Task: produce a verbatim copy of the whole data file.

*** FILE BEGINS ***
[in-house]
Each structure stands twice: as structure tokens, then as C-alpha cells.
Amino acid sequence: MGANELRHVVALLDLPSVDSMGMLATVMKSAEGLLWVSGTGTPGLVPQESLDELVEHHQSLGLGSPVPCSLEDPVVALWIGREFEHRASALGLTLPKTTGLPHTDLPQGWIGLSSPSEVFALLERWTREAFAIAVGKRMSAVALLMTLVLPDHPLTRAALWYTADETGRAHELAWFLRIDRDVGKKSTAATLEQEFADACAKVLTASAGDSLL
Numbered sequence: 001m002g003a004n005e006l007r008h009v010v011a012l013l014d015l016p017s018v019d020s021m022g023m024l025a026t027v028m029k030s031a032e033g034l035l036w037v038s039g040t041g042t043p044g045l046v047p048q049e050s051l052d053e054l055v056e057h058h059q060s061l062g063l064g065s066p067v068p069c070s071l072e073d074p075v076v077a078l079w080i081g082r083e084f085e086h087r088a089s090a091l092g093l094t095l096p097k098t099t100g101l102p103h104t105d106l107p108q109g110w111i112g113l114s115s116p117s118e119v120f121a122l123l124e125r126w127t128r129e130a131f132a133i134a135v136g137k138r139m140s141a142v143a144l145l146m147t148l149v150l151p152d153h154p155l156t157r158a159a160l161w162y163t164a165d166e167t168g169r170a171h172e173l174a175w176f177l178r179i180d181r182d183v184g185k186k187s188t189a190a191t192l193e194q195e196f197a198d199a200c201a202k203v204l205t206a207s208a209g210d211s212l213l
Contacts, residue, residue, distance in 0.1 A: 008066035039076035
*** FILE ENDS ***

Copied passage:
[in-house]
Each structure stands twice: as structure tokens, then as C-alpha cells.
Amino acid sequence: MGANELRHVVALLDLPSVDSMGMLATVMKSAEGLLWVSGTGTPGLVPQESLDELVEHHQSLGLGSPVPCSLEDPVVALWIGREFEHRASALGLTLPKTTGLPHTDLPQGWIGLSSPSEVFALLERWTREAFAIAVGKRMSAVALLMTLVLPDHPLTRAALWYTADETGRAHELAWFLRIDRDVGKKSTAATLEQEFADACAKVLTASAGDSLL
Numbered sequence: 001m002g003a004n005e006l007r008h009v010v011a012l013l014d015l016p017s018v019d020s021m022g023m024l025a026t027v028m029k030s031a032e033g034l035l036w037v038s039g040t041g042t043p044g045l046v047p048q049e050s051l052d053e054l055v056e057h058h059q060s061l062g063l064g065s066p067v068p069c070s071l072e073d074p075v076v077a078l079w080i081g082r083e084f085e086h087r088a089s090a091l092g093l094t095l096p097k098t099t100g101l102p103h104t105d106l107p108q109g110w111i112g113l114s115s116p117s118e119v120f121a122l123l124e125r126w127t128r129e130a131f132a133i134a135v136g137k138r139m140s141a142v143a144l145l146m147t148l149v150l151p152d153h154p155l156t157r158a159a160l161w162y163t164a165d166e167t168g169r170a171h172e173l174a175w176f177l178r179i180d181r182d183v184g185k186k187s188t189a190a191t192l193e194q195e196f197a198d199a200c201a202k203v204l205t206a207s208a209g210d211s212l213l
Contacts, residue, residue, distance in 0.1 A: 008066035039076035